What does writing fiction have to do with business? Everything! Unless, of course, you don't care about being published. And there's absolutely nothing wrong with that. But there's a difference between writing for pleasure and being so arrogant that you think your self-determined talent puts you in an imaginary bracket of writers that don't have to be concerned about the business side of things.
A lot of newbie writers take rejection personally. This is understandable, but usually after collecting a nice binder full of NO slips, they tend to either give up or develop the necessary thick skin required to continue. What's worse, is a writer that takes the publishing industry machinations personally. "Why should I have to make sure my manuscript doesn't have any typos? Why should I bother finding out the name of the agent/editor I'm sending my work to? Why should I follow the format EVERY OTHER PUBLISHED WRITER ON THE PLANET follows? My talent is so immense that shouldn't matter. How dare they!" Joe Newbie then ironically follows this with a diatribe on the arrogance of them. (Them being anyone who would dare try to apply any type of metric to Joe's work, instead of just sending him a fat check and a box of hardcover editions of his book.)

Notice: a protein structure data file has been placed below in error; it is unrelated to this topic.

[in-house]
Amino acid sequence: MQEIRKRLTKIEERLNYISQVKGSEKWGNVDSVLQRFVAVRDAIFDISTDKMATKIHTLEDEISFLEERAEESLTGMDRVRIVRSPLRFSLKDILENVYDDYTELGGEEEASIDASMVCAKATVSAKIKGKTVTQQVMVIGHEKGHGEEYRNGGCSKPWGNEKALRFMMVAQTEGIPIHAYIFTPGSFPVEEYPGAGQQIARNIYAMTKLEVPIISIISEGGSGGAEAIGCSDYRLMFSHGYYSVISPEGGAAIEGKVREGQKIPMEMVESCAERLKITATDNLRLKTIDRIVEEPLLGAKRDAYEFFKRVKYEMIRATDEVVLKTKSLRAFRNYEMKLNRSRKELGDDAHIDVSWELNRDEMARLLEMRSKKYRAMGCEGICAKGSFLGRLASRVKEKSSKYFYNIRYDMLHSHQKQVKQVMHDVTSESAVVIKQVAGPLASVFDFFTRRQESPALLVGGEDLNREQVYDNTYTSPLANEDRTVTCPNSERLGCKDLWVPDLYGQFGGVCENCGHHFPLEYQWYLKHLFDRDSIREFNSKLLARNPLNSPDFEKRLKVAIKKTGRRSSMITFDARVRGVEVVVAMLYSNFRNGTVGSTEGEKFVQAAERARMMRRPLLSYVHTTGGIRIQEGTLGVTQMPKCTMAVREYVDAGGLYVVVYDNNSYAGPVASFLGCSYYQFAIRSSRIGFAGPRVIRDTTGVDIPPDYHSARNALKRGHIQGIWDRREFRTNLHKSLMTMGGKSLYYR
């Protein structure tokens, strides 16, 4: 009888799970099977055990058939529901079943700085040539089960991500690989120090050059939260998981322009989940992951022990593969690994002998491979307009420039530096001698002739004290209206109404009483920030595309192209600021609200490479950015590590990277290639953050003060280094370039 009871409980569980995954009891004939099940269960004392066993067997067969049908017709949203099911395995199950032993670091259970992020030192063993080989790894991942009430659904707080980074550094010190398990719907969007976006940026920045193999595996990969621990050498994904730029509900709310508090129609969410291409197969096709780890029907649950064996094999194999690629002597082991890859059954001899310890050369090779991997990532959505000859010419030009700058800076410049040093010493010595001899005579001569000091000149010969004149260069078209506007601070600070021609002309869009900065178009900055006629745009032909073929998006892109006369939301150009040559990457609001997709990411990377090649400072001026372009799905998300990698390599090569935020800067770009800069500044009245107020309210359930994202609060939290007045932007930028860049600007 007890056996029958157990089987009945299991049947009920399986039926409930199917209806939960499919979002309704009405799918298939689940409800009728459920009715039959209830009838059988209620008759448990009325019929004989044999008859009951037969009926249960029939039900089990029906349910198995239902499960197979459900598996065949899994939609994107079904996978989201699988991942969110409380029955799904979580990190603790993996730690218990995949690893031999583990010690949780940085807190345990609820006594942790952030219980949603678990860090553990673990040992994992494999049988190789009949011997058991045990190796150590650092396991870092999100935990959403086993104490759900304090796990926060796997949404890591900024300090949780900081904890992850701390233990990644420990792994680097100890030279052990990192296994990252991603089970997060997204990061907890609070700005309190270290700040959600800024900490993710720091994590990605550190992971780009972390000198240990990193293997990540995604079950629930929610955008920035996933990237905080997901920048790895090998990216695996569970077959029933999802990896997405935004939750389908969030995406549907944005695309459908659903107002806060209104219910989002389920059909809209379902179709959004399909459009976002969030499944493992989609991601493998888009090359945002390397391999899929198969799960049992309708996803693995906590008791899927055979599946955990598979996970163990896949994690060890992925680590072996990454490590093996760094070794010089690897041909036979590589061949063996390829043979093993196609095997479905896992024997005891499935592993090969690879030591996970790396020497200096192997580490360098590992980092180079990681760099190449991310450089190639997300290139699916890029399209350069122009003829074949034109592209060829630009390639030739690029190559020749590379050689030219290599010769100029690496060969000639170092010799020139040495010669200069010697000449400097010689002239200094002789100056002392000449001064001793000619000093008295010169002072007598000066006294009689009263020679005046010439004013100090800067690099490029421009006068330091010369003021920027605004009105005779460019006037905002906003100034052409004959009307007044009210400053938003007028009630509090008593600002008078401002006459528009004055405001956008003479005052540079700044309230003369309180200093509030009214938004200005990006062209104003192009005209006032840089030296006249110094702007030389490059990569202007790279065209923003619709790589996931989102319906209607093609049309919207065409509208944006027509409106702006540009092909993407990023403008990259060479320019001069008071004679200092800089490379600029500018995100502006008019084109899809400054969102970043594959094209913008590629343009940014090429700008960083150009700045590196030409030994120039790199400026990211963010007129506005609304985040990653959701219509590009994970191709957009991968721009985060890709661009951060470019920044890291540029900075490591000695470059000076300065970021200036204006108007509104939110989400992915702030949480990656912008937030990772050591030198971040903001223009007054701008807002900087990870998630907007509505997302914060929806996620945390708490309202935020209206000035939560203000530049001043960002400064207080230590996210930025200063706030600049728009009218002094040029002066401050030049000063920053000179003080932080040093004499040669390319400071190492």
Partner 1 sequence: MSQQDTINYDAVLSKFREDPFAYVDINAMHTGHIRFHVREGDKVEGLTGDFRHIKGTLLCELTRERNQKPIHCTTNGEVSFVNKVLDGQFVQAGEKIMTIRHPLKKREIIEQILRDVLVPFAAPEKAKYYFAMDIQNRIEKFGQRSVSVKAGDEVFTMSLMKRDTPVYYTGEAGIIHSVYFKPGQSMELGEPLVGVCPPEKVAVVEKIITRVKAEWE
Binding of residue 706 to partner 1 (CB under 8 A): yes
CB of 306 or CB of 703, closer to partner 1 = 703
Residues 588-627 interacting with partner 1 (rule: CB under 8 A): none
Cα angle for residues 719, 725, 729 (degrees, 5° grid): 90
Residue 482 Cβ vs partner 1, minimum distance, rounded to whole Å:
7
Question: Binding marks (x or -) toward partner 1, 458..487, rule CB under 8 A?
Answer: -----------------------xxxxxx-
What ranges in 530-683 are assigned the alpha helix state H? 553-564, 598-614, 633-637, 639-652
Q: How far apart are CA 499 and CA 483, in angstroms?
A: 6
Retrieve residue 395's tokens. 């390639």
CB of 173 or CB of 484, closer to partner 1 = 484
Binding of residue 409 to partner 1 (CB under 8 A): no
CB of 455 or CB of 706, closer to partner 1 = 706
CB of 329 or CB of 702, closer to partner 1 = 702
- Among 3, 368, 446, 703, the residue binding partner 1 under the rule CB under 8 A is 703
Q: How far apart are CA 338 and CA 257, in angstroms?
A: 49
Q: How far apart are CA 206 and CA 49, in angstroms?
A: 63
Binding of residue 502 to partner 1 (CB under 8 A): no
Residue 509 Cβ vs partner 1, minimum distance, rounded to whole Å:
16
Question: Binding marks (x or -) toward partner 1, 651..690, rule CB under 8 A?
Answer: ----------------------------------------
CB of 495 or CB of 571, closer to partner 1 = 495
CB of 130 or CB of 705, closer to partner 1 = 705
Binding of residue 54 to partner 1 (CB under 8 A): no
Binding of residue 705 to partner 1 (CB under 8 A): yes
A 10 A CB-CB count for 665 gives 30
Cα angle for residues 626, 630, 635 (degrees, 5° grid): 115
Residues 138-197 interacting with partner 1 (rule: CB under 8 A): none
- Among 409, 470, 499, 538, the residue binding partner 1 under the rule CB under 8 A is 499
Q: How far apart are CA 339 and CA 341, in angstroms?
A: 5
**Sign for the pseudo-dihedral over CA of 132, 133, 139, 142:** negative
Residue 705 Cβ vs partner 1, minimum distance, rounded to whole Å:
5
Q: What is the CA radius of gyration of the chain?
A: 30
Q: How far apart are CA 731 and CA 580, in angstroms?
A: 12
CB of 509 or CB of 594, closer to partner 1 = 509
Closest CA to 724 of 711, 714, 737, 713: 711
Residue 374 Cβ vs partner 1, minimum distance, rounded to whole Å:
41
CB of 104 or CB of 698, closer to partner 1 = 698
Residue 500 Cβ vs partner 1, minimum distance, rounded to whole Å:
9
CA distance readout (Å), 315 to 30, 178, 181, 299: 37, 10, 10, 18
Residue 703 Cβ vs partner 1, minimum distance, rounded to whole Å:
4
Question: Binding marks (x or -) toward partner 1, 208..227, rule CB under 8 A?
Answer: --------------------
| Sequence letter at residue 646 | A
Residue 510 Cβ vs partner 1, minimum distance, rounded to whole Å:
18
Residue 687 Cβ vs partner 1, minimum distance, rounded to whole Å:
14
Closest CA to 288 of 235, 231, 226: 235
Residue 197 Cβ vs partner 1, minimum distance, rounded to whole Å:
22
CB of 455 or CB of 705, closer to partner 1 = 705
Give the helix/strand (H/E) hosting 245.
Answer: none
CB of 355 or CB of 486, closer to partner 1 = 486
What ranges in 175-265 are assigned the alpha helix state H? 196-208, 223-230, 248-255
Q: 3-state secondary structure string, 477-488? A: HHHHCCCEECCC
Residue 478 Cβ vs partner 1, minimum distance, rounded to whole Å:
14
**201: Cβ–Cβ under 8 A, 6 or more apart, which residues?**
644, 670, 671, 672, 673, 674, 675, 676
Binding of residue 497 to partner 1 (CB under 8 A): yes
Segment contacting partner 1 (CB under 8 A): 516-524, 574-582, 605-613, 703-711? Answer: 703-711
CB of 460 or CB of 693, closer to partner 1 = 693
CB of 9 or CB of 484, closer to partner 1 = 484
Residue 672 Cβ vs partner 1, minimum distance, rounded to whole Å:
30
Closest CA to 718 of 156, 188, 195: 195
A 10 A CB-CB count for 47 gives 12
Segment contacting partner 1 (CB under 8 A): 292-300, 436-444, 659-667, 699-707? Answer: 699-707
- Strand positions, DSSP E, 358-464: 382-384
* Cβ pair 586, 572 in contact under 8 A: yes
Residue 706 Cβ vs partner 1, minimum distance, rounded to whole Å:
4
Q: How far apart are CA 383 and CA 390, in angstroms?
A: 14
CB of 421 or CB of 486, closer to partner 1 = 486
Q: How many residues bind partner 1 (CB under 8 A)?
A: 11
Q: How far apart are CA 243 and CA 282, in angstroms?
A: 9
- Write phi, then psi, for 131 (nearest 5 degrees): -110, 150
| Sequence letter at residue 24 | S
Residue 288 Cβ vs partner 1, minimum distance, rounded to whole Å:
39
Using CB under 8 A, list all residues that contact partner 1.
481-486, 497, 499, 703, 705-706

The silly part of this is that unlike a lot of other areas of writing, everything is laid out perfectly for the writer. Every publisher and agent provides guidelines describing exactly what is required to submit to them. There are reams of material on how to write book proposals, query letters, synopsis' and outlines. And despite spending months (sometimes years!) writing their masterpiece, some writers won't take five minutes to look for any of this. The old Comedy adage "it's all in the delivery" would be well taken by newbie writers. Heck, I've been telling my daughter since she was five that it's not enough to be smart, you have to show it.
Like it or not, writing is a business. While publishers, agents and editors may indeed love books and writers, the bottom line is they need to make money. Just like any other business. As a writer, you have to wear two hats: an artist's beret and a businessman's fedora. If you can't be bothered, then write your masterpieces and stick them in a drawer. It will make the wait time for the rest of us shorter.